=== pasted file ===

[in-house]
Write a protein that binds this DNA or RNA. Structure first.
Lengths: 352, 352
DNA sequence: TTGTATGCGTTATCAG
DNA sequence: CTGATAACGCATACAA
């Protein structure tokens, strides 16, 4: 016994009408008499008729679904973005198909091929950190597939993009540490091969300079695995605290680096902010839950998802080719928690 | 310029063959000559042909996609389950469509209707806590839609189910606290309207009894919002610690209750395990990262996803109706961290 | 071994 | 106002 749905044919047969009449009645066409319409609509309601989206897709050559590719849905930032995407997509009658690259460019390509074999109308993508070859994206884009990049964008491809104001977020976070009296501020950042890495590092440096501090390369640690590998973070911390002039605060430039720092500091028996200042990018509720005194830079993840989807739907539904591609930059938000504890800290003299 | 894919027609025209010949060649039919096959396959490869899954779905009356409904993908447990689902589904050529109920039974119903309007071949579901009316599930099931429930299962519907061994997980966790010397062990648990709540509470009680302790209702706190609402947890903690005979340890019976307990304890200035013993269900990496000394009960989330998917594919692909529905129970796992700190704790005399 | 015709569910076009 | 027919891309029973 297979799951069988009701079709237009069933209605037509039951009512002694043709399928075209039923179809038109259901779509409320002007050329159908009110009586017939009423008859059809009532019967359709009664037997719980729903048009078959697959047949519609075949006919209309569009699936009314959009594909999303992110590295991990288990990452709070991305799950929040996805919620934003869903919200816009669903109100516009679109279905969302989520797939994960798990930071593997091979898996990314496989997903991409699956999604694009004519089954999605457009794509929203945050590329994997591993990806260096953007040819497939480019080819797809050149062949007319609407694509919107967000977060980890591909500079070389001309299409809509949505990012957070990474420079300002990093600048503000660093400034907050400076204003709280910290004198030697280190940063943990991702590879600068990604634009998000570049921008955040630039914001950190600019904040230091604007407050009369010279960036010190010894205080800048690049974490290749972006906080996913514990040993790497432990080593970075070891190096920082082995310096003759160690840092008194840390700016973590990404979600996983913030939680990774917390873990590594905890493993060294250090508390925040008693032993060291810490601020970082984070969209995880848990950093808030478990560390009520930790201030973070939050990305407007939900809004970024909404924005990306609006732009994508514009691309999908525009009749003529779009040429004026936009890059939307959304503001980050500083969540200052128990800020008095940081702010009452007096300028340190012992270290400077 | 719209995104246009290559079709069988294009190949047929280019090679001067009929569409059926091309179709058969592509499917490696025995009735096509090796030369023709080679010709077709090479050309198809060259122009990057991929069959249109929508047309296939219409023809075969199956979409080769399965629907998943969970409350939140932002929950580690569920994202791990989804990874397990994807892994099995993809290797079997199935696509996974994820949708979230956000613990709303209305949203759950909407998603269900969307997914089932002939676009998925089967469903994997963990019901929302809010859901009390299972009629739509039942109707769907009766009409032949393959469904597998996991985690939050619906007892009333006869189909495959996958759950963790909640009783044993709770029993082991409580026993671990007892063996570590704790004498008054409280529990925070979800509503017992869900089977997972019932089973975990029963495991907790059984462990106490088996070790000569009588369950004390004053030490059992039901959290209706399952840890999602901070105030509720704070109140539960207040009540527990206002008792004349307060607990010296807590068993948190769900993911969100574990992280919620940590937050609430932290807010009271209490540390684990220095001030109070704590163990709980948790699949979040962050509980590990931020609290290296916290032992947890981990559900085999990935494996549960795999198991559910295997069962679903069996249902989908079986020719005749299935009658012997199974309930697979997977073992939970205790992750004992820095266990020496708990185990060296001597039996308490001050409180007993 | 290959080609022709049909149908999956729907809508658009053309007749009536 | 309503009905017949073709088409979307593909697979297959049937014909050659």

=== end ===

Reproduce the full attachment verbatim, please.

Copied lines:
[in-house]
Write a protein that binds this DNA or RNA. Structure first.
Lengths: 352, 352
DNA sequence: TTGTATGCGTTATCAG
DNA sequence: CTGATAACGCATACAA
């Protein structure tokens, strides 16, 4: 016994009408008499008729679904973005198909091929950190597939993009540490091969300079695995605290680096902010839950998802080719928690 | 310029063959000559042909996609389950469509209707806590839609189910606290309207009894919002610690209750395990990262996803109706961290 | 071994 | 106002 749905044919047969009449009645066409319409609509309601989206897709050559590719849905930032995407997509009658690259460019390509074999109308993508070859994206884009990049964008491809104001977020976070009296501020950042890495590092440096501090390369640690590998973070911390002039605060430039720092500091028996200042990018509720005194830079993840989807739907539904591609930059938000504890800290003299 | 894919027609025209010949060649039919096959396959490869899954779905009356409904993908447990689902589904050529109920039974119903309007071949579901009316599930099931429930299962519907061994997980966790010397062990648990709540509470009680302790209702706190609402947890903690005979340890019976307990304890200035013993269900990496000394009960989330998917594919692909529905129970796992700190704790005399 | 015709569910076009 | 027919891309029973 297979799951069988009701079709237009069933209605037509039951009512002694043709399928075209039923179809038109259901779509409320002007050329159908009110009586017939009423008859059809009532019967359709009664037997719980729903048009078959697959047949519609075949006919209309569009699936009314959009594909999303992110590295991990288990990452709070991305799950929040996805919620934003869903919200816009669903109100516009679109279905969302989520797939994960798990930071593997091979898996990314496989997903991409699956999604694009004519089954999605457009794509929203945050590329994997591993990806260096953007040819497939480019080819797809050149062949007319609407694509919107967000977060980890591909500079070389001309299409809509949505990012957070990474420079300002990093600048503000660093400034907050400076204003709280910290004198030697280190940063943990991702590879600068990604634009998000570049921008955040630039914001950190600019904040230091604007407050009369010279960036010190010894205080800048690049974490290749972006906080996913514990040993790497432990080593970075070891190096920082082995310096003759160690840092008194840390700016973590990404979600996983913030939680990774917390873990590594905890493993060294250090508390925040008693032993060291810490601020970082984070969209995880848990950093808030478990560390009520930790201030973070939050990305407007939900809004970024909404924005990306609006732009994508514009691309999908525009009749003529779009040429004026936009890059939307959304503001980050500083969540200052128990800020008095940081702010009452007096300028340190012992270290400077 | 719209995104246009290559079709069988294009190949047929280019090679001067009929569409059926091309179709058969592509499917490696025995009735096509090796030369023709080679010709077709090479050309198809060259122009990057991929069959249109929508047309296939219409023809075969199956979409080769399965629907998943969970409350939140932002929950580690569920994202791990989804990874397990994807892994099995993809290797079997199935696509996974994820949708979230956000613990709303209305949203759950909407998603269900969307997914089932002939676009998925089967469903994997963990019901929302809010859901009390299972009629739509039942109707769907009766009409032949393959469904597998996991985690939050619906007892009333006869189909495959996958759950963790909640009783044993709770029993082991409580026993671990007892063996570590704790004498008054409280529990925070979800509503017992869900089977997972019932089973975990029963495991907790059984462990106490088996070790000569009588369950004390004053030490059992039901959290209706399952840890999602901070105030509720704070109140539960207040009540527990206002008792004349307060607990010296807590068993948190769900993911969100574990992280919620940590937050609430932290807010009271209490540390684990220095001030109070704590163990709980948790699949979040962050509980590990931020609290290296916290032992947890981990559900085999990935494996549960795999198991559910295997069962679903069996249902989908079986020719005749299935009658012997199974309930697979997977073992939970205790992750004992820095266990020496708990185990060296001597039996308490001050409180007993 | 290959080609022709049909149908999956729907809508658009053309007749009536 | 309503009905017949073709088409979307593909697979297959049937014909050659």